Review by Julian Jason Haladyn, University of Toronto
In A Hunger for Aesthetics Michael Kelly continues his long-standing investigation of the philosophy of aesthetics, which includes, among other texts, the Encyclopedia of Aesthetics (Oxford, 1998), a four-volume work he edited, and the authored book Iconoclasm in Aesthetics (Cambridge, 2003). Throughout his approach to the topic we witness an intense desire to demonstrate the value of the aesthetic within contemporary art and culture, a task that is particularly foregrounded in this present book.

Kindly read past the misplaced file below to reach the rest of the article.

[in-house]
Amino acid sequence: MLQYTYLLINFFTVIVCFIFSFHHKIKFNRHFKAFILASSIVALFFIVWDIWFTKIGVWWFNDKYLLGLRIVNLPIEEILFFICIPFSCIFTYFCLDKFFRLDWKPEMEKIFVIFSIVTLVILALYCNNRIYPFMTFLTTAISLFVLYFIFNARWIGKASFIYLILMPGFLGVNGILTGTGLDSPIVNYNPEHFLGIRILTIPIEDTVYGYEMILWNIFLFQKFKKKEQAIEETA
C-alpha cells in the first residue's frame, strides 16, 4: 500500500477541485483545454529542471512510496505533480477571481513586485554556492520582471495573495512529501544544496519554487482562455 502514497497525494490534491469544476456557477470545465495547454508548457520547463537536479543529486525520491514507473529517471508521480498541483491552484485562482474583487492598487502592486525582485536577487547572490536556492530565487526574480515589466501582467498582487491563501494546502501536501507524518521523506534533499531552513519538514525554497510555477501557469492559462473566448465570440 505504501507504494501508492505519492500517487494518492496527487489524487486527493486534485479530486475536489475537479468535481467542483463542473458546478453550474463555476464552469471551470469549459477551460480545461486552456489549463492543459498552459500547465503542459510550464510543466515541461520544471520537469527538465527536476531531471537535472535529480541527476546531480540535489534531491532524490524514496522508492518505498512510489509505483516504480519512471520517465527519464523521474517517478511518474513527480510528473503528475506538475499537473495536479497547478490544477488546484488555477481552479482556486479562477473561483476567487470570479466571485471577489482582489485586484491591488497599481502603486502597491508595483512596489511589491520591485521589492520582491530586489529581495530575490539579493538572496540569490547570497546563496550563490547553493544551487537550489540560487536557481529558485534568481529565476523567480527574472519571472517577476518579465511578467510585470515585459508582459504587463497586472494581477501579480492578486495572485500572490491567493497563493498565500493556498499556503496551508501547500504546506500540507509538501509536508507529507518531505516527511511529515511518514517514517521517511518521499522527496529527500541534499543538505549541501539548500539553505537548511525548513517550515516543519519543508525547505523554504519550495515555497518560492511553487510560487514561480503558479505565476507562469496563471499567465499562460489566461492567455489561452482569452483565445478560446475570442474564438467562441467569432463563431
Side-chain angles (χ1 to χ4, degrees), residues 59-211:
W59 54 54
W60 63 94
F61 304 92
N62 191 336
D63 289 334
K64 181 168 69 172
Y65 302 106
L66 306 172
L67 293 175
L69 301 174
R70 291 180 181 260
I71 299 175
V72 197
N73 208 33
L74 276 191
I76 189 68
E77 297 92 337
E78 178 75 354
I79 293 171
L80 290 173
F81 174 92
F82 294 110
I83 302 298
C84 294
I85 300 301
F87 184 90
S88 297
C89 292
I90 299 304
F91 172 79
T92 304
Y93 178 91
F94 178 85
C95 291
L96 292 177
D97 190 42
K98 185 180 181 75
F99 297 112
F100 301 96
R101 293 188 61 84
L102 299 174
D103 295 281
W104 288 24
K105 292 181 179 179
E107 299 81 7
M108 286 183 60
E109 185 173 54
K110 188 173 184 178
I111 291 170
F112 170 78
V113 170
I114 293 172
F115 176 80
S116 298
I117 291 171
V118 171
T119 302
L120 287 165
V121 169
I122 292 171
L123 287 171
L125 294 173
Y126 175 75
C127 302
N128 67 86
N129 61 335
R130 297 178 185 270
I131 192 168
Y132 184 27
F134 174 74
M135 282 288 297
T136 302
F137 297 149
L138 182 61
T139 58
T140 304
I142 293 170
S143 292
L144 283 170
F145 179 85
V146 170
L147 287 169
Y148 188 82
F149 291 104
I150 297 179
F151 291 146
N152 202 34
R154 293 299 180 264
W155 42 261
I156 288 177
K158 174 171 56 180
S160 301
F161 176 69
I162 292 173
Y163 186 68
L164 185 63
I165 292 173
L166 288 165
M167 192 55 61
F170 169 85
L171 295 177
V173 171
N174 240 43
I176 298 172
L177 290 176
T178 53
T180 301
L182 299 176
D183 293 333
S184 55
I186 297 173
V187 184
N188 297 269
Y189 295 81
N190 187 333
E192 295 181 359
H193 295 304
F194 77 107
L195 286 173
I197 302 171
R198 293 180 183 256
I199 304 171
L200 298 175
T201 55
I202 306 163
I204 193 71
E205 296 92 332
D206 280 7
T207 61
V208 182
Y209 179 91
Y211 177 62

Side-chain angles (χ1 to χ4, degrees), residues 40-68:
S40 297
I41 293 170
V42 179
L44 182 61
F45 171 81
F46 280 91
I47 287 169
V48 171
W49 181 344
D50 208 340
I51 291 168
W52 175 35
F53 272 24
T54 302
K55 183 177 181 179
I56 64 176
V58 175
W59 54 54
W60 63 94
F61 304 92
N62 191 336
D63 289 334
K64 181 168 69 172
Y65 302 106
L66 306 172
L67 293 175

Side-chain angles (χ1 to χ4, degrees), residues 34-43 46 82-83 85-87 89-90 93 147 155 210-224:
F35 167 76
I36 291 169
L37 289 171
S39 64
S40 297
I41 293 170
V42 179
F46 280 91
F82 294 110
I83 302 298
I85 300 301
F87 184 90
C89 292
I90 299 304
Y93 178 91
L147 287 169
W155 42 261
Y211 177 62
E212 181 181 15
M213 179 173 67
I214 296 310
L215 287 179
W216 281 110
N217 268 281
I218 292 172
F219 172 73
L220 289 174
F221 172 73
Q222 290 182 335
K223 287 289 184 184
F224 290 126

More so than in his previous publications, there is a real sense of urgency to the tenor of A Hunger for Aesthetics that drives the author to ground his approach in specific theoretical and artistic exemplars. We witness this in two major ways. The first is through his idiosyncratic titling of chapters as effects, such as “The Dewey Effect” and “The Pop Effect,” with Susan Sontag (“The Sontag Effect”) being the overriding paradigm. This tactic overtly locates his ideas within a larger discourse, focusing the book around the work of a series of philosophers—“Sontag, Arthur Danto, Stanley Cavell, and Umberto Eco”—that deal with what Kelly calls the “regeneration of aesthetics.” (13) The effectiveness of these effects is, however, lacking a clear sense of purpose beyond the obvious and remains, for the most part, a playful structuring mechanism for his ideas rather than an intrinsic feature of his argument.